modern shadowing techniques

Discussion in 'Beginners Zone' started by DavidGraham, Nov 24, 2013.

  1. DavidGraham

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    So the days of Doom 3 are long gone, how do modern engines handle shadows now ? do they use stencil shadow volumes or just ray trace the hell out of them?
     
  2. sebbbi

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    Almost all games nowadays use shadow mapping. Stencil shadows scale badly when thr scene complexity grows. Ray tracing is still too slow for general case (in dynamic game scenarios), but is used for example to add self shadows to small bumps made by per pixel based displacement mapping techniques (height field ray tracing).

    Shadow mapping is an old idea, but it's nowhere near a solved technique. Research is still going on in the all major areas of shadow mapping: texel density / splitting (as close to 1:1 mapping to screen pixels is the goal), projection/warping/distribution, filtering/aliasing (pcf, variance based techniques), transparent/volumetric shadow casters, etc. Lots of new papers get released every year, and graphics engines try to incorporate (and adapt) this new research based on their needs.

    Shadow map is a good technique for modeling a small single point light source. It isn't a good representation for area light sources (it's a depth map from a single point of view after all). So far soft shadowing techniques using shadow mapping have been mostly hacks (goal hasn't even been to achieve physically plausible results). Real time area light shadowing, and global illumination (realistic light bouncing) are both under heavy research nowadays. Offline baking global illumination to light maps and light probes is still the most common way to implement global illumination. A huge server farm precalculates your lighting and you store it to the game disc. The biggest downside is that offline baking techniques produce mostly static lighting. Moving objects for example don't bounce light, and you cannot freely modify the level geometry at runtime. Large scale destruction is not possible, unless you bake several versions of the lighting. This way very limited predetermined destruction can be made possible (but it is often enough for games).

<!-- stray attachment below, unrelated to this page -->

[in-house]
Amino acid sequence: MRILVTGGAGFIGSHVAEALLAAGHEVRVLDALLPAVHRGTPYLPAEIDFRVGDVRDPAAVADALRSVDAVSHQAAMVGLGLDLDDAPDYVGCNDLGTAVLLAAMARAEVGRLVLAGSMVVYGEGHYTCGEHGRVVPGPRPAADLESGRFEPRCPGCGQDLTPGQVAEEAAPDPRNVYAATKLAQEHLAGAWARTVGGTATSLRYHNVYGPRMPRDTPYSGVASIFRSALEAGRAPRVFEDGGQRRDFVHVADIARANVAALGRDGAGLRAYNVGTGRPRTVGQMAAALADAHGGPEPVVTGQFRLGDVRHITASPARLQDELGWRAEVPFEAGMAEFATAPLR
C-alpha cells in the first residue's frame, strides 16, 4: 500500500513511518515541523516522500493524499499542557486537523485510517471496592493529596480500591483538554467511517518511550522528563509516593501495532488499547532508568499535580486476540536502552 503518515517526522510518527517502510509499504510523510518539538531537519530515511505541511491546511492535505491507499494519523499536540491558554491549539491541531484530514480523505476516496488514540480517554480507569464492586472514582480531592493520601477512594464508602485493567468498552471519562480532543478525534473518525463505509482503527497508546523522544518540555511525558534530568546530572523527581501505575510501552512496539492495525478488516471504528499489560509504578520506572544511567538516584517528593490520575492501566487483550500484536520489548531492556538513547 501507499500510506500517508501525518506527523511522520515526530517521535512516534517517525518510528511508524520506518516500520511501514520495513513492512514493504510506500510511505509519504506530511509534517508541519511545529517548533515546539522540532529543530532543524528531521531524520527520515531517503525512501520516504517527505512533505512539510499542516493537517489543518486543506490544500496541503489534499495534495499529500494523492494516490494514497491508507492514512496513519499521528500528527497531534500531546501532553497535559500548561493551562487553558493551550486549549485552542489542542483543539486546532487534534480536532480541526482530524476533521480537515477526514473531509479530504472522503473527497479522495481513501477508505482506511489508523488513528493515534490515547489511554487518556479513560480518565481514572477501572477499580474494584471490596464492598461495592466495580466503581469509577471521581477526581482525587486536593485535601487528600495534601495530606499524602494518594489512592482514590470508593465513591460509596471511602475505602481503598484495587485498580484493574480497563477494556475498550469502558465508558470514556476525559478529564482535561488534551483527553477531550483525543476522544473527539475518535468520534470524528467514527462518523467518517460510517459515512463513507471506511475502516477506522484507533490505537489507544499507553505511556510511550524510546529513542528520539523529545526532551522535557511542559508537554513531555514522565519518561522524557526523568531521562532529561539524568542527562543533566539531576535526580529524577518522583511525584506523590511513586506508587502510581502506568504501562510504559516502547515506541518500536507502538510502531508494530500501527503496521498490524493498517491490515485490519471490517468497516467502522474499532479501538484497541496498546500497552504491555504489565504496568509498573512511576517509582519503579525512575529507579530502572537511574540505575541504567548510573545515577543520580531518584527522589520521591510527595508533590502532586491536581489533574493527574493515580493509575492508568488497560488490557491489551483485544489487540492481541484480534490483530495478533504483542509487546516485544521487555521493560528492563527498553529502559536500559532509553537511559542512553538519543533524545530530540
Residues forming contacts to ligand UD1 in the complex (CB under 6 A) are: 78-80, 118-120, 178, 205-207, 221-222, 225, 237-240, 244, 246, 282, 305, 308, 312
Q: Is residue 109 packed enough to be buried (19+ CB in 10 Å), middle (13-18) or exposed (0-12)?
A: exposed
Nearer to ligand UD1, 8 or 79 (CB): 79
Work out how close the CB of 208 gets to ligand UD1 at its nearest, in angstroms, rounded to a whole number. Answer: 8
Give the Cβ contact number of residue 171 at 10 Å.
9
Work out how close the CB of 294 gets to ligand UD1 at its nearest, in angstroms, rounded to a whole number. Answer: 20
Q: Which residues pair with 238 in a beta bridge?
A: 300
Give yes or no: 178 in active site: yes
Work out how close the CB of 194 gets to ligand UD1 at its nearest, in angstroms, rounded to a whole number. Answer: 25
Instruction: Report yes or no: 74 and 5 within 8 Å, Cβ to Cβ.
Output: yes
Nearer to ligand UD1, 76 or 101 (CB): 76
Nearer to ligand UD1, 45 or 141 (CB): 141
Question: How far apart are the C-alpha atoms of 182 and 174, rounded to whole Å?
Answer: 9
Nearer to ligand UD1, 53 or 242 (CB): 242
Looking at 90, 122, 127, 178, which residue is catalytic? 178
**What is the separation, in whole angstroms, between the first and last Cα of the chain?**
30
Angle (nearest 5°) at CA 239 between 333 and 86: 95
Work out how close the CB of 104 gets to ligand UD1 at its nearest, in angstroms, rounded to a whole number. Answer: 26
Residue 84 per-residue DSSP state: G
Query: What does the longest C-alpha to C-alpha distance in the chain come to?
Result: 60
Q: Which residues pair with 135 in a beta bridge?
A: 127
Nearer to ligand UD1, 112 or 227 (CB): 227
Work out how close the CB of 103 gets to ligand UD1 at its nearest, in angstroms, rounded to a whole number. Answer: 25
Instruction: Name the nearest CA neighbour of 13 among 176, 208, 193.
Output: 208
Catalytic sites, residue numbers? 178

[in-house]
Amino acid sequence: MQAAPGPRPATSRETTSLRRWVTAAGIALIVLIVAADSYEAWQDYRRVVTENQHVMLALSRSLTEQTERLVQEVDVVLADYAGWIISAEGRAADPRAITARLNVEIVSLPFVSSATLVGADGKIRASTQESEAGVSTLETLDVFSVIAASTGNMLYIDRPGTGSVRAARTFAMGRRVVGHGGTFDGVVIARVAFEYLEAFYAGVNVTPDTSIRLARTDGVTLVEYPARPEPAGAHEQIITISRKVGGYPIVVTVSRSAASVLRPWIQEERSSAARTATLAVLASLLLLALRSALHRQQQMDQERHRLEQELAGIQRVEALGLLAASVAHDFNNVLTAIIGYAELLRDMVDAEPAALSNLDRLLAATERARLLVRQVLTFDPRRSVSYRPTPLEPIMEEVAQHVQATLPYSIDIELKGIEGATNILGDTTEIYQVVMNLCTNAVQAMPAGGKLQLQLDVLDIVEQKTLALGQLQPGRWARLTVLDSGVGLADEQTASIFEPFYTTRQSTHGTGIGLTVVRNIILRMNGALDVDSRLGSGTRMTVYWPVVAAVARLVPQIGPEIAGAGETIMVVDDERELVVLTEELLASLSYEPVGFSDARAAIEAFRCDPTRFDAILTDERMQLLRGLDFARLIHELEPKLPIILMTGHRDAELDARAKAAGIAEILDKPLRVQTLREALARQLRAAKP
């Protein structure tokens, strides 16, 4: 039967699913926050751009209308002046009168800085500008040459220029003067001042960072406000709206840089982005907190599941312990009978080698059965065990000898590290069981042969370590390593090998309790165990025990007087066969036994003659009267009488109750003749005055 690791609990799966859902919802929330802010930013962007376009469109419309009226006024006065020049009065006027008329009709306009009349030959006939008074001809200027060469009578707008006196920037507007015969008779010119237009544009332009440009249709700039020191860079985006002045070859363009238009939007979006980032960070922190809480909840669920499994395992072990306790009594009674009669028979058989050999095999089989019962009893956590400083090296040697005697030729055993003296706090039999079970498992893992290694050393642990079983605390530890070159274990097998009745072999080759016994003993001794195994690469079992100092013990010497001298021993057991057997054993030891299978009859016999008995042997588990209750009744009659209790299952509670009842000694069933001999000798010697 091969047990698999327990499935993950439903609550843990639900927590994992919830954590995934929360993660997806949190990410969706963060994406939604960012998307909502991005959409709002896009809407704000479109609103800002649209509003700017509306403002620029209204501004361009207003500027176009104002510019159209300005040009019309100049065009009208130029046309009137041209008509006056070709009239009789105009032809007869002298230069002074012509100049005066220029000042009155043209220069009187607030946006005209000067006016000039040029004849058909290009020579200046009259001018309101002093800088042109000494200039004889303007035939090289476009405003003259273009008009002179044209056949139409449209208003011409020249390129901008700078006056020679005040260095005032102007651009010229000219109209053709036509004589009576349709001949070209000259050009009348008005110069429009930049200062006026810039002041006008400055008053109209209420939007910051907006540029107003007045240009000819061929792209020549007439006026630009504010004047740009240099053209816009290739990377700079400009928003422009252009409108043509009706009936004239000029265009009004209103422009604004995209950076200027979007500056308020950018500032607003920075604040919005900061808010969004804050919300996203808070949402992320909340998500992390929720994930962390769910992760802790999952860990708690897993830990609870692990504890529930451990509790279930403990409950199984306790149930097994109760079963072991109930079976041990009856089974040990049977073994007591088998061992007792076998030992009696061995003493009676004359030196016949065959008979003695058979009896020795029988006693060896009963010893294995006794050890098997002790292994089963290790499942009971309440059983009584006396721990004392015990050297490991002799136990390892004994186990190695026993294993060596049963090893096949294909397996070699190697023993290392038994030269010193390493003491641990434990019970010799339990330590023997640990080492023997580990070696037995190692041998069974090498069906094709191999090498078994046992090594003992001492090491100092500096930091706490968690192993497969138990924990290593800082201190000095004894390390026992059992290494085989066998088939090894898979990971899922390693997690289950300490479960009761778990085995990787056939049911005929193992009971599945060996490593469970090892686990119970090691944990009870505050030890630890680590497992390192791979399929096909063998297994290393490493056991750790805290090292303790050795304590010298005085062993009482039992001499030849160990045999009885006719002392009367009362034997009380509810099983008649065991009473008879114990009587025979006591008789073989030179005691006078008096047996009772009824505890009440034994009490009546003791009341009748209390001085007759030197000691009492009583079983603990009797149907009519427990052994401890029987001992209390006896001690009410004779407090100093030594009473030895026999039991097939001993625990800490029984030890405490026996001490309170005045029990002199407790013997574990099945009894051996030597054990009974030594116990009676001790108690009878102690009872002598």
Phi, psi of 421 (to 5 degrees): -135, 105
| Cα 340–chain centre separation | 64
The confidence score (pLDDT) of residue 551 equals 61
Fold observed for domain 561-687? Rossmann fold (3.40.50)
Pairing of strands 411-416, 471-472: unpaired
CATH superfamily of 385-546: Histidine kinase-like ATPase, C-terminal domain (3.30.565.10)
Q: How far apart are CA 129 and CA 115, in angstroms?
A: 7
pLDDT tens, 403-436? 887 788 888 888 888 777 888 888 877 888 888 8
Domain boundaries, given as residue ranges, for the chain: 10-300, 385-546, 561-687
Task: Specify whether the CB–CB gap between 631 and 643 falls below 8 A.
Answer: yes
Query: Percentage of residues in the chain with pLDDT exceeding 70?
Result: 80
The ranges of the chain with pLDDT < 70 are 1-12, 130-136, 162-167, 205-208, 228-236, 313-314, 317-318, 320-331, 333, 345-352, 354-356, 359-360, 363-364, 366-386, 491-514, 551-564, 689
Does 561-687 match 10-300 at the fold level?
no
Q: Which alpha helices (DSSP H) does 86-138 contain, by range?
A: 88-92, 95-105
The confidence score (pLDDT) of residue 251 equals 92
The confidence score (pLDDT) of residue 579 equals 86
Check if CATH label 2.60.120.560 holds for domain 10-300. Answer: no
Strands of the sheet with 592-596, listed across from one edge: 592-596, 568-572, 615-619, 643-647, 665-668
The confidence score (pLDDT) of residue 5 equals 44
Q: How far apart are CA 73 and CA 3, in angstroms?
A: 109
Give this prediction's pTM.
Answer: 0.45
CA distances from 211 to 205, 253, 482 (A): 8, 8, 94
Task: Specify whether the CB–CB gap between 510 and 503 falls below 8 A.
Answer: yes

3. DavidGraham

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    It is my understanding that many developers are uncomfortable with "universal" lighting solutions, they say it takes away flexibility and limits creativity, but it seems pre-baked solutions have limits that might overshadow their flexibility.

    What about the cost of shadow mapping nowadays ? many prime games limits the amount of dynamic shadows as much as possible .. for example the jump from Metro 2033 to Last Light saw shadows from muzzle flashes and explosions stripped away to boost fps .. by how much I wonder? Crysis 1 also had muzzle flashes shadows, but Warhead and Crysis 2 and 3 dropped them like the plague.
     
  4. homerdog

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    It does seem like the number of shadow casting lights in modern games is still really low. Are they that expensive on modern hardware?

    Are there any realtime GI solutions out there that don't rely on screen-space information? The only solutions I'm aware of (e.g. Crysis 3) are screen-space effects, which obviously can't be used to fully light the game world.
     
  5. DavidGraham

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    Metro 2033 is the only game with so many shadow casting lights, it has shadows for player flash light, NPC flash lights , player muzzle flash , NPC muzzle flashes , even explosions ! never seen anything like it.
     
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  6. homerdog

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    It performs well enough as well. Wonder why developers are so shy with shadows.
     
  7. sebbbi

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    Shadow mapping costs quite a bit because you need to render the scene geometry to each shadow map in addition to the visible render target. Even in the simplest case (dynamic sun light with shadow mapping and no local lights) shadow mapping doubles the draw call count (and doubles the scene triangle count). Each local light source adds to that cost. The shorter light radius, the smaller increase of draw calls. In our games we don't bake any lights (no light maps or probes), thus we have quite a few dynamic shadow mapped light sources. A rough ballpark figure would be that this kind of dynamic lighting pipeline (shadow map rendering) submits around 2x-3x extra draw calls on top of the visible geometry rendering to back buffer.